Creating a Visualization App Using the Google Charts API and AngularJS

This entry is part 1 of 4 in the series Creating a Visualization App Using the Google Charts API and AngularJS

Creating a Visualization App Using the Google Charts API and AngularJS

Nowadays, JavaScript is everywhere. A number of useful JavaScript frameworks like Ember.js, Backbone.js, etc. are changing the face of the Web. Among the most popular frameworks is AngularJS, developed by Google. This article, the first of three, will teach you how to build a visualization app using AngularJS. The example app will visualize data using the Google Charts API. We’ll be using one of the awesome two-way binding features of Angular to make our charts dynamically change as per change in data and user input.

Before getting started, let’s first take a look at how to use the Google Charts API. For the purposes of this app, we’ll stick to some basic charts like line charts, pie charts, etc.

Google Charts

Straight from the Google Charts documentation, the following example gives a quick refresher on how to use the Google Charts API. The first script loads the AJAX API. Inside the second script, the first line loads the Visualization API and the linechart package. The second line sets a callback to run when the Google Visualization API is loaded. The callback function creates a data table, sets a few chart options, instantiates our chart, and creates the chart.

<html>
  <head>
    <script type="text/javascript" src="https://www.google.com/jsapi"></script>
    <script type="text/javascript">
      google.load('visualization', '1', {packages:['corechart']});
      google.setOnLoadCallback(drawChart);

      function drawChart() {
        var data = google.visualization.arrayToDataTable([
          ['Year', 'Sales', 'Expenses'],
          ['2004',  1000,      400],
          ['2005',  1170,      460],
          ['2006',  660,       1120],
          ['2007',  1030,      540]
        ]);
        var options = {
          title: 'Company Performance'
        };
        var chart = new google.visualization.LineChart(document.getElementById('chart_div'));

        chart.draw(data, options);
      }
    </script>
  </head>
  <body>
    <div id="chart_div" style="width: 900px; height: 500px;"></div>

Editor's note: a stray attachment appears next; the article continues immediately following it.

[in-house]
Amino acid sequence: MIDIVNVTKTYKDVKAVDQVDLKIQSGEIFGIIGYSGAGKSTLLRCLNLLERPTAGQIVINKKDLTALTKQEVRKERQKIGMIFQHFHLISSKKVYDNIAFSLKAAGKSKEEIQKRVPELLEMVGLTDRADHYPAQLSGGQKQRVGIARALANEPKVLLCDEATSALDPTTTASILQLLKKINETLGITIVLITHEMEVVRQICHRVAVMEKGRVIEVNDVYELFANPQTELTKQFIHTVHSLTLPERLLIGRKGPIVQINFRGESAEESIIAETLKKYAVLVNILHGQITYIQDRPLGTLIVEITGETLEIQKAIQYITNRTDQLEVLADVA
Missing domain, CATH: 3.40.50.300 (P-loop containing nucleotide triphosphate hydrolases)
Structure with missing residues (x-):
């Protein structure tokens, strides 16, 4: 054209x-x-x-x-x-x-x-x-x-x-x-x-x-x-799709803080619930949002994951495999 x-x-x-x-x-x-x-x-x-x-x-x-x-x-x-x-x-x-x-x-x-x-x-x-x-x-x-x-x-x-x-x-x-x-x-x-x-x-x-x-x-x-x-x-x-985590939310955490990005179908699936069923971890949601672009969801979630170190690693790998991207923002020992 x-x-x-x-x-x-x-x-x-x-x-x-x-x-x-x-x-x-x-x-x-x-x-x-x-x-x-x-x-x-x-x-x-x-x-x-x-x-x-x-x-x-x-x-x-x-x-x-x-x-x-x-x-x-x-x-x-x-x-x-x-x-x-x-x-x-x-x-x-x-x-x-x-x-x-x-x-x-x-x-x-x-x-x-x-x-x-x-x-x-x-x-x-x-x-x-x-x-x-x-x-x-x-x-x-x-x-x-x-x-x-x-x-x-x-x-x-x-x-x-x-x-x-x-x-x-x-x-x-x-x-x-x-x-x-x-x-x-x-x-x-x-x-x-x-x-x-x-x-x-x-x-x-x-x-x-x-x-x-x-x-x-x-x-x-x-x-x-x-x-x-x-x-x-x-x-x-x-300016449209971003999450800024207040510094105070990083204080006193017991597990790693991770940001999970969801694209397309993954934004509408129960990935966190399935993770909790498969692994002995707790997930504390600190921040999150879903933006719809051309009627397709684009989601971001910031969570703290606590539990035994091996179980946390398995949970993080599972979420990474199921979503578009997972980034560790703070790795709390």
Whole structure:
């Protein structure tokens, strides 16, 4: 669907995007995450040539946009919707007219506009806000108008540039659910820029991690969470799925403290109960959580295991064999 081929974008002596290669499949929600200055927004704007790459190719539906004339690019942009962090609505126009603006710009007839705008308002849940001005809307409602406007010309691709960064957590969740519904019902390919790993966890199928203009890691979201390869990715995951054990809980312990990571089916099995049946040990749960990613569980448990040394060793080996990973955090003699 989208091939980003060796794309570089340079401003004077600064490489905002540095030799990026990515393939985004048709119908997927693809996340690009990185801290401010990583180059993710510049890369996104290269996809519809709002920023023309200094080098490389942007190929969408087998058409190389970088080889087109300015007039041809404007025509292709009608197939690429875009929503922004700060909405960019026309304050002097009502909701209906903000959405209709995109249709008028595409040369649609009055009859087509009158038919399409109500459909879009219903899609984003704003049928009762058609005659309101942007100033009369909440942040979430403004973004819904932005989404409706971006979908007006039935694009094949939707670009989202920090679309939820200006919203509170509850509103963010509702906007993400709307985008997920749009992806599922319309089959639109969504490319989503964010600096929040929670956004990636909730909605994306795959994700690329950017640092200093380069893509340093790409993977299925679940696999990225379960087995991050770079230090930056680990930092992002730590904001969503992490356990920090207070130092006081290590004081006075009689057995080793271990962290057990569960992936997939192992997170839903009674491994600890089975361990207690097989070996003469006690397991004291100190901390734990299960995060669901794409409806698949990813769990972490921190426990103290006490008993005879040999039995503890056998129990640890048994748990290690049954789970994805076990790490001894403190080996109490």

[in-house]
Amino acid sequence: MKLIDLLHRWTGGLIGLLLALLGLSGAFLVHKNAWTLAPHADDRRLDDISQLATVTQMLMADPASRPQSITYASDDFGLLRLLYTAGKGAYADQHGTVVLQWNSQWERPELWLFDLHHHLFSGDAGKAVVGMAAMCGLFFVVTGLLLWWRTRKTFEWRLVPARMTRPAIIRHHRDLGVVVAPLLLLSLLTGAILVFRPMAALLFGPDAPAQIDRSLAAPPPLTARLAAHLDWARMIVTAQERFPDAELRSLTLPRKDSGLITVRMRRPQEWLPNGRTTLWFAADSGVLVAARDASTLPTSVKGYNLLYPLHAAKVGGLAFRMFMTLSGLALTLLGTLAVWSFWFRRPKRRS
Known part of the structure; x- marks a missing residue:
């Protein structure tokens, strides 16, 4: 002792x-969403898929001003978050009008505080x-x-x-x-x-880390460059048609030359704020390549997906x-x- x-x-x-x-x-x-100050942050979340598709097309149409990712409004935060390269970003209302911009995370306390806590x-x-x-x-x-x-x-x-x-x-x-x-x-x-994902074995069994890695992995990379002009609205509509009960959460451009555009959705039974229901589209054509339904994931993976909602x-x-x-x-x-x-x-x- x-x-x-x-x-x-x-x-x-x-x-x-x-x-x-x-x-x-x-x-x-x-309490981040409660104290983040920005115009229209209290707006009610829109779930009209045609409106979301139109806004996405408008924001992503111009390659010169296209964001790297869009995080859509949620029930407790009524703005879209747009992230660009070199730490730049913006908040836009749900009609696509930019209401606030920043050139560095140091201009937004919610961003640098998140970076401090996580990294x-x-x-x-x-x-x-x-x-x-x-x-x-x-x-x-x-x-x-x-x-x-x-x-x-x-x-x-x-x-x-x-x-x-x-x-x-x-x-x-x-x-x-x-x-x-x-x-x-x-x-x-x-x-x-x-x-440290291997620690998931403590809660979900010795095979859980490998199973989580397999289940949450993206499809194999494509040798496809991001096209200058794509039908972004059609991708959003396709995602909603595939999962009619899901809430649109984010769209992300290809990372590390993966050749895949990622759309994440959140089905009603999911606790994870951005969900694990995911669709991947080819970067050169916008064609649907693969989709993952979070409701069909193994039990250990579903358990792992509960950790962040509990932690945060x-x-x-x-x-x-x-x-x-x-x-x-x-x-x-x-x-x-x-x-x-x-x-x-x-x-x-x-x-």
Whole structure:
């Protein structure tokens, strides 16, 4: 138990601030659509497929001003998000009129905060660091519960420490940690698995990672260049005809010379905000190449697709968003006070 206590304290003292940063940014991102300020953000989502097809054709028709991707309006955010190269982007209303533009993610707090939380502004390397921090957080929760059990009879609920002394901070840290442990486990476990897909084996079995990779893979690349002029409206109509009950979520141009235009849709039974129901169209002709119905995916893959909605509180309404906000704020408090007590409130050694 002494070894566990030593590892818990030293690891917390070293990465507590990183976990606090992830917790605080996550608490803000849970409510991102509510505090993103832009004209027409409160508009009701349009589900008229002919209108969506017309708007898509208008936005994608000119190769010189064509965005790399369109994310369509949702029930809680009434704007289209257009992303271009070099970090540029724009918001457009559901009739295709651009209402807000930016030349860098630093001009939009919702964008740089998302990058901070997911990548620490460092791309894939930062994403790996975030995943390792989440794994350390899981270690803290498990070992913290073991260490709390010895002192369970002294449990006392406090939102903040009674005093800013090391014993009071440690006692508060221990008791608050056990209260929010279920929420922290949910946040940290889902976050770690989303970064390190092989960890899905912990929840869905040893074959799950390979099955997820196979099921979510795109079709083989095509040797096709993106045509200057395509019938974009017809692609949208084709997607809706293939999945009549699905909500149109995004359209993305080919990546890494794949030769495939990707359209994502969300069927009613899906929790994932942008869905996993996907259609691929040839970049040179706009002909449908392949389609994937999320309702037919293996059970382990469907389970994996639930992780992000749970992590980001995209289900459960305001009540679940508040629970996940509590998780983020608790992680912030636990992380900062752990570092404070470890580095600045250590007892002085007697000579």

</body>
</html>

If you are new to this API, or need a refresher, I would recommend reading the Google Charts documentation.

AngularJS

Before getting started with Angular, you should:

From the terminal, navigate to the seed project and then, enter the following commands:

cd angular-seed
node scripts/web-server.js

You should see the following message output to the console:

HTTP Server running at http://localhost:8000/

At this point, you can view the demo page by navigating to http://localhost:8000/app/index.html.

Angular uses the MVC (Model-View-Controller) design pattern. In this tutorial, we’ll be focusing on the Controllers. For the time being, consider a Controller to be logic which handles a particular portion of a page and renders the data using a View. We’ll get a better picture of what Controllers are once we get started with writing the app.

Now, let’s have a look at the angular seed project. It is an Angular app template that we’ll be building our app on top of. Inside the angular seed project navigate to app/js. There, we can see controllers, directives, app, filters, and services. These are the things we’ll be playing around with while creating our app.

Building the App

Replace the code inside index.html with the following code:

<!DOCTYPE html>
<html lang="en" ng-app="myApp">
<head>
  <meta charset="utf-8">
  <title>My AngularJS App</title>
</head>
<body>
  <div ng-controller="MyCtrl1">{{name}}</div>
  <script src="lib/angular/angular.js"></script>
  <script src="lib/angular/angular-route.js"></script>
  <script src="js/app.js"></script>
  <script src="js/services.js"></script>
  <script src="js/controllers.js"></script>